Freezer: First note that you have to be very careful with freezing since the meringues are delicate, and they can break while handling them or if they get jostled around in the freezer. But you can freeze them up to two weeks in advance. All you have to do is thaw them at room temperature for a few hours before serving.

Chantilly Cream: Ideally make this a few hours before serving, but no more than 1 day in advance.

Blackberry Compote: Can be made two days in advance. 

Just one word of warning: Like any kind of meringue, I don’t recommend making pavlova on a rainy or humid day, as the pavlovas can lose their crispiness quickly and get gummy. 

Baklava and Peanut Butter Pie are two of my other knock-their-socks-off desserts that are completely make-ahead. See more ideas in my dessert section. Enjoy!

Pavlova Tips and Questions:

Can Pavlova be frozen? Yes, I’ve done it for the meringue base, but know that it’s extremely easy for the pavlova to break because it’s so delicate. Be careful in handling. Let the pavlova thaw at room temperature for a few hours before assembling.

Is Pavlova Gluten-free? Yes, and it can be made dairy-free by serving with a coconut cream instead.

Pavlova On a Blue Plate with Cream and Blackberries On Top

Pavlova with Blackberry Compote

This Pavlova with Blackberry Compote is an impressive dessert that's perfect for special occasions or dinner parties. 

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For the Pavlova:

  • 1/2 cup egg whites at room temperature
  • 1/8 tsp cream of tartar
  • 1/8 tsp salt
  • 1 cup granulated sugar
  • 1.5 tsp cornstarch
  • 1 tsp red or white wine vinegar
  • 1/2 tsp vanilla extract

For the Chantilly Cream:

  • 1 cup heavy whipping cream
  • 1 tbsp sugar
  • 1/2 tsp vanilla extract

For the Blackberry Compote:

  • 12 oz frozen blackberries (or fresh)
  • 1 tbsp sugar optional
  • 1 tbsp lemon juice
  • zest of 1 lemon


To Make the Pavlova:

  • Preheat the oven to 350 degrees F, and line a baking sheet with parchment paper.
  • In a stand mixer fitted with the whisk attachment, whip the egg whites, cream of tartar, and salt on medium high speed for 60 seconds, until foamy.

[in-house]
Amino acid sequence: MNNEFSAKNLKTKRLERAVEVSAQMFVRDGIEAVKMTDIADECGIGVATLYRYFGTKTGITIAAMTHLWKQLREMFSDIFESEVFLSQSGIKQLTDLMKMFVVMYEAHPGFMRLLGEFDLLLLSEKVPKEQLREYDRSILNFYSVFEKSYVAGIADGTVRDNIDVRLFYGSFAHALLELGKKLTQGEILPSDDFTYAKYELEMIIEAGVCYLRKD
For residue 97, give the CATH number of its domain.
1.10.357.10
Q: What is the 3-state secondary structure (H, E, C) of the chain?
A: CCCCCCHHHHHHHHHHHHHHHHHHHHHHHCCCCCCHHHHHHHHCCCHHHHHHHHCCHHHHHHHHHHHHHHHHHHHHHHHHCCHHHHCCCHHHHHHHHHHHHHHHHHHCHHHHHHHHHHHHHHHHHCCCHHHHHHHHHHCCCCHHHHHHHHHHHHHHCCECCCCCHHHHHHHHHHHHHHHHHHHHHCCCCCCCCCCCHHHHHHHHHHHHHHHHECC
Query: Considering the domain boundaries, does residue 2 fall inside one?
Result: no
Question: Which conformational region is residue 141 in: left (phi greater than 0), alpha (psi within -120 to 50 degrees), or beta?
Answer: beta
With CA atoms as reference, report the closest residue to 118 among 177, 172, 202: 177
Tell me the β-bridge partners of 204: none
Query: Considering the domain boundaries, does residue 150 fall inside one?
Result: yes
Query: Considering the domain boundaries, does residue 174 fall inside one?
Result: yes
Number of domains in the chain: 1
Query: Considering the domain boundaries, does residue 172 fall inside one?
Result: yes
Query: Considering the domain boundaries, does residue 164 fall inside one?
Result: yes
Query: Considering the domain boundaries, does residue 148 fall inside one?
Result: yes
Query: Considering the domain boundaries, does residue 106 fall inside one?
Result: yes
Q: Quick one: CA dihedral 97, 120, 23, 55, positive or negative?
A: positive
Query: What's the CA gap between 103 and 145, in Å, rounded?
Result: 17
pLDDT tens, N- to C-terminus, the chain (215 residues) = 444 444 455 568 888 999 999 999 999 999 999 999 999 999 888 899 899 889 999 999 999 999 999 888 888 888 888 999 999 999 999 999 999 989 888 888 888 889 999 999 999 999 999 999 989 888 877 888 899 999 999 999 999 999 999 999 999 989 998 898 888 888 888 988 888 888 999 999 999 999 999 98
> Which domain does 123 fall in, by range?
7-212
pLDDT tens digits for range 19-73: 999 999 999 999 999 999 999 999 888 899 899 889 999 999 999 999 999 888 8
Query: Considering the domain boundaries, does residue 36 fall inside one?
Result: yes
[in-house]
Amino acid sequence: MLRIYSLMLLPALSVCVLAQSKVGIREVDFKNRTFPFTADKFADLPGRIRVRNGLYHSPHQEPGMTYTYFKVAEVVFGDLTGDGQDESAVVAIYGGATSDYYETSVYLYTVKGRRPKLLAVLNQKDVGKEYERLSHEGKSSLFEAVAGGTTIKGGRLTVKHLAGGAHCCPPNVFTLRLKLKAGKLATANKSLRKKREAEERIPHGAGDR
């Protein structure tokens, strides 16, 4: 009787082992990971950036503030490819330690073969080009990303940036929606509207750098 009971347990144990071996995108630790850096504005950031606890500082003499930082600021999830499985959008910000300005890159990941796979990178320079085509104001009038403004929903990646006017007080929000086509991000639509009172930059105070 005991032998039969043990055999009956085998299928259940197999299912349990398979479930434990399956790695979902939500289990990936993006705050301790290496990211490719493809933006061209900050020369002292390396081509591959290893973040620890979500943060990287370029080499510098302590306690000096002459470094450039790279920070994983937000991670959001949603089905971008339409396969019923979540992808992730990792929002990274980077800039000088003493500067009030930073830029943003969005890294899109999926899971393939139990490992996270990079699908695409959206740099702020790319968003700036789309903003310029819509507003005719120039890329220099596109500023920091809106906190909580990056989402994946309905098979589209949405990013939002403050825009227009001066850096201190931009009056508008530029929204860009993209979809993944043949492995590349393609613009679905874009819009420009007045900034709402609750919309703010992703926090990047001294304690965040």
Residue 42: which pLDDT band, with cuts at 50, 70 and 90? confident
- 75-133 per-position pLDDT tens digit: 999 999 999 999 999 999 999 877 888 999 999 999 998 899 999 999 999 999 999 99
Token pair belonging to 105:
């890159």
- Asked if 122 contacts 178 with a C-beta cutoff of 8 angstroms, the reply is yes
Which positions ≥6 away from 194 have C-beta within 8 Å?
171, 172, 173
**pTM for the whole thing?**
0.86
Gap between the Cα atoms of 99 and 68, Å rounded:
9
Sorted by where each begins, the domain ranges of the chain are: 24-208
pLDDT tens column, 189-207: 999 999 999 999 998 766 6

• Add the sugar, cornstarch, vinegar, and vanilla and continue whipping on high speed for 2-3 minutes, to stiff peaks.
  • Dollop the meringue onto the parchment paper in 6 individual mounds. Carefully shape them with a spoon, making sure they’re not more than 1.5 inches tall.
  • Bake in the middle of the oven for 10 minutes, then turn the heat down to 300 degrees. Continue baking for another 40 minutes. Over this time, your meringue will puff up, take on a lightly browned color, and crack slightly. Turn the oven off, and prop your oven door open slightly so your pavlova can cool very gradually. Leave it in the oven with the door propped for at least 30 minutes.

To Make the Chantilly Cream:

  • Pour the heavy cream into a bowl, and whip with a hand or stand mixer for about 30 seconds until it thickens slightly. Add the sugar and vanilla extract, and continue mixing until you get soft peaks.

To Make the Blackberry Compote:

  • Combine all ingredients in a saucepan, and cook on medium heat for 8-10 minutes, until the blackberries soften and release their liquid. 

To Assemble Each Pavlova:

  • Place a meringue on an individual serving plate, then add a few spoonfuls of Chantilly cream, followed by a few spoonfuls of blackberry compote. Serve promptly, and enjoy! 


Recipe adapted from Ina Garten.
As with any meringue, make sure your bowl and whipping utensils are spotlessly clean, and take care not to get a single drop of egg yolk mixed with the egg whites. Any small speck of dirt, drop of oil, or fat (from the egg yolks) may prevent the egg whites from whipping up. 


Calories: 481kcal, Carbohydrates: 67g, Protein: 5g, Fat: 22g, Saturated Fat: 13g, Cholesterol: 81mg, Sodium: 147mg, Potassium: 247mg, Fiber: 4g, Sugar: 60g, Vitamin A: 1055IU, Vitamin C: 19.6mg, Calcium: 63mg, Iron: 0.5mg

Nutrition is estimated using a food database and is only intended to be used as a guideline for informational purposes.

Post updated in March 2019. Originally published January 2011.